A review by Shellie for: Buddha’s Orphans: a novel ~ by Samrat Upadhyay
A sweet contemporary tale of family love and social changes in Nepal, with a great cover.
About: Set in Nepal during the 1960’s and up until the near present, it’s a love story about two people – Raja and Nilu. Yet it feels like a family saga, with the two main characters telling their life’s tales with all their inevitable ups and downs
With a variety of nationalities living in Nepal, the two main characters are Nepalese and of middle class standing. Having known each other since childhood they fall in love and are linked by their religious belief in past life attachments. It is set during a period when the small country is attempting to move towards a more democratic government, rather than the monarchy which has been in place for centuries, so the backdrop is one of change, ensuing difficulties, complexities, and political and social uprisings.
Thoughts: I enjoyed this sweet novel and liked that it gave me a picture of this special area located at the bottom of the Himalayan mountains. It speaks of the poverty and the racial tensions between the Nepalese and India’s natives – with the lingering and archaic caste system and repression of women; which are still very prevalent. It also covers the complicated political changes which have occurred over the past 60 years.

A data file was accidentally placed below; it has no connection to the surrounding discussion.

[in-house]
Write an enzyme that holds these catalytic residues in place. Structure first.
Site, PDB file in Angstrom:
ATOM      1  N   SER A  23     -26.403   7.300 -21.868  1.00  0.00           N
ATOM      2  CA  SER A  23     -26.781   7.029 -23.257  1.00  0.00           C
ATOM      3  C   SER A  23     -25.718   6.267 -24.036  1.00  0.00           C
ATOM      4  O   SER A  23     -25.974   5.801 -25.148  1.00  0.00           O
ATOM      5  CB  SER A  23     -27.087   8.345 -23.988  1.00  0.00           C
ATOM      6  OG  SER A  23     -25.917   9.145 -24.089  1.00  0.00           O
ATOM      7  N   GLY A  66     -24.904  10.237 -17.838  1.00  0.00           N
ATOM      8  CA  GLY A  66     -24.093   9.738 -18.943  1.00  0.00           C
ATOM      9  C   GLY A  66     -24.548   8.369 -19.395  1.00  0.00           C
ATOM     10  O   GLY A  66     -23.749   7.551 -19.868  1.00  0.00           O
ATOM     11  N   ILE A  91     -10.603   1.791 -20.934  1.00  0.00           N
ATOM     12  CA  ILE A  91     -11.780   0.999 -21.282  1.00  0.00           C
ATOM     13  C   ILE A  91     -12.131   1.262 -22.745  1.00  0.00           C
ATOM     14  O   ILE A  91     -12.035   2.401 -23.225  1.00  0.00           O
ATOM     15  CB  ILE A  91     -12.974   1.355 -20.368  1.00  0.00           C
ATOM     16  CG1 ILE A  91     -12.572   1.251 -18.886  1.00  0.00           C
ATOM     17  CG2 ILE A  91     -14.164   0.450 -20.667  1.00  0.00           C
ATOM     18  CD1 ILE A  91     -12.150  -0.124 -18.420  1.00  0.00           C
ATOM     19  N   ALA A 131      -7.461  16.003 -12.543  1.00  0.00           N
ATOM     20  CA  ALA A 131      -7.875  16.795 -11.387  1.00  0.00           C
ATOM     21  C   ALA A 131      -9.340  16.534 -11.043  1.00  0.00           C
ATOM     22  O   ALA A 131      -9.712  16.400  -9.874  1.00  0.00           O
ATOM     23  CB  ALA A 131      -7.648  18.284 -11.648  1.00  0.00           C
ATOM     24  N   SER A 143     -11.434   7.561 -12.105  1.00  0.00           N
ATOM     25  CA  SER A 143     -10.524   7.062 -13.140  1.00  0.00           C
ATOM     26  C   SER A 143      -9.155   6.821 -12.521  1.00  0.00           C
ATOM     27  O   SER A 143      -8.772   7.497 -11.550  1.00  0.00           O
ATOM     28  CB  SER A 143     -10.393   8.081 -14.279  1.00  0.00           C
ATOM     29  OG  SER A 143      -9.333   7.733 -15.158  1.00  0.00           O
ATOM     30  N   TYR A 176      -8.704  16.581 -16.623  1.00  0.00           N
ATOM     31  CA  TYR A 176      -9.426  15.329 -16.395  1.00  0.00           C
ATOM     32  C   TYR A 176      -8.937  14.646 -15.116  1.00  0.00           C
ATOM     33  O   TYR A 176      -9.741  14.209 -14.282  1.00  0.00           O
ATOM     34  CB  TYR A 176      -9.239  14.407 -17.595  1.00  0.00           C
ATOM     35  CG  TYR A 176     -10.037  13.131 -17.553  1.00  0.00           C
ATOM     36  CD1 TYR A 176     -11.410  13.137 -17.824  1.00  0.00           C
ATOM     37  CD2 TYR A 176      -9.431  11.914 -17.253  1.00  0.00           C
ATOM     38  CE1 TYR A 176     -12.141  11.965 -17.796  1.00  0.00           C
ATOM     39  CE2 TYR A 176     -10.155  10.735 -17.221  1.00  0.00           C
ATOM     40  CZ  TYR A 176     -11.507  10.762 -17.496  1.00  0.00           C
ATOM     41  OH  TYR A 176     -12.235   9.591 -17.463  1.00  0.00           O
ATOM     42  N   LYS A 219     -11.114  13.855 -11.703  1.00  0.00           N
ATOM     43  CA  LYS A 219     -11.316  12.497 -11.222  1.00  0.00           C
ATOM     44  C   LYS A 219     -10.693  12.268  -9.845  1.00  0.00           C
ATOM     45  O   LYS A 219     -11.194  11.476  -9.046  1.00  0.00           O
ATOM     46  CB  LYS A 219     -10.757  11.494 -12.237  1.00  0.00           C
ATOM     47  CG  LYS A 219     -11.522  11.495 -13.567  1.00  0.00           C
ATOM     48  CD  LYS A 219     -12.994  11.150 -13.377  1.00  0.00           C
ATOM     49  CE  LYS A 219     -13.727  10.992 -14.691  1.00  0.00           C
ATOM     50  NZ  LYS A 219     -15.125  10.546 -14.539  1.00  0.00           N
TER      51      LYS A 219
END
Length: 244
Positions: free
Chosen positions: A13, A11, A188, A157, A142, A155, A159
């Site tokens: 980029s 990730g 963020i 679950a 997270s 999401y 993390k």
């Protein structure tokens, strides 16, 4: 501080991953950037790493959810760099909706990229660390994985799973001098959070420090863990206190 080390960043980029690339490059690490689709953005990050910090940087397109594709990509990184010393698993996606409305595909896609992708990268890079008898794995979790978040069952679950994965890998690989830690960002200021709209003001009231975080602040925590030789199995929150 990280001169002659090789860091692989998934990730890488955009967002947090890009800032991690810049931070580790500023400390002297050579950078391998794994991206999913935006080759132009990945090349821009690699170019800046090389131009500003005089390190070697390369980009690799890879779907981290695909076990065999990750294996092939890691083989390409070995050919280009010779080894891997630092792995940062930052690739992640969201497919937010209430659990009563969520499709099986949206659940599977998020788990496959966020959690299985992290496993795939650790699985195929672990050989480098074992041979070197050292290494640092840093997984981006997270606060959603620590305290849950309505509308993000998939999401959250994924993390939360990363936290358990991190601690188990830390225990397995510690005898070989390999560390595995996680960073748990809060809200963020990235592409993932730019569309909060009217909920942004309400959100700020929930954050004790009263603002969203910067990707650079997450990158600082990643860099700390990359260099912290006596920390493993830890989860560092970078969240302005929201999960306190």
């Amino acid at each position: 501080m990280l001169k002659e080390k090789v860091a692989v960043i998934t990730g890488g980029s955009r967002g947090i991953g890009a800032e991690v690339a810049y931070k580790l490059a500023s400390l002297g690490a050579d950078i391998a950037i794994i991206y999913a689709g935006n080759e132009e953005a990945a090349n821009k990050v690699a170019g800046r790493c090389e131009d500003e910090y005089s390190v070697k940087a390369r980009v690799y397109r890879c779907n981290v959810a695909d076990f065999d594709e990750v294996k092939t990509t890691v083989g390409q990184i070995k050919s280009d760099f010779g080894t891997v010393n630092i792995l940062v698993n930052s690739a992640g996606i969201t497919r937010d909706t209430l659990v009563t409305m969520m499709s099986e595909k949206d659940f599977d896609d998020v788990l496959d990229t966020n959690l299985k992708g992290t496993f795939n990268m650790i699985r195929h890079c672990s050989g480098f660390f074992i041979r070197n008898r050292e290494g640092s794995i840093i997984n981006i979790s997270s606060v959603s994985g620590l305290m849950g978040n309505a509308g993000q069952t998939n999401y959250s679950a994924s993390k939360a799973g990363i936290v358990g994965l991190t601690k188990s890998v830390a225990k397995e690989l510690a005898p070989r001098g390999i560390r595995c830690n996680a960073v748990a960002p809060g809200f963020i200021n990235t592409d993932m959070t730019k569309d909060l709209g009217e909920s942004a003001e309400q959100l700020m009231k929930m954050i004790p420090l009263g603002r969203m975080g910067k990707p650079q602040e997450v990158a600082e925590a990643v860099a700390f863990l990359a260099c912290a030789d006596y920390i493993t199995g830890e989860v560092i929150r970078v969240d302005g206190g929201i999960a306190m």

The two lovers are progressive and have a modern view of life, with Raja actually taking part in some of the political demonstrations. This is not the case with all the characters; many have a very stagnant perspective. We read about the poverty, the lack of amenities which most of us take for granted, and we see that their lives share some similarities with our own in the Western world, although obviously they are very different in so many ways.
I liked that the author has an accessible writing style and enjoyed this literary novel. I would recommend it for anyone interested in a contemporary historical fiction story about the area. I give this novel 3 stars. It was a very readable book, and the cover is so simple, yet elegant, and gives insight into the culture which is not readily apparent.
Amazon links for US/UK/Canada; Hardcover: 448 pages; Houghton Mifflin Harcourt; 1st edition (July 14, 2010) For more information on this book please see Layers of Thought’s preview for the Buddha’s Orphans.
This book will be included in The Basics and the New Author Challenge.
Thanks for reading!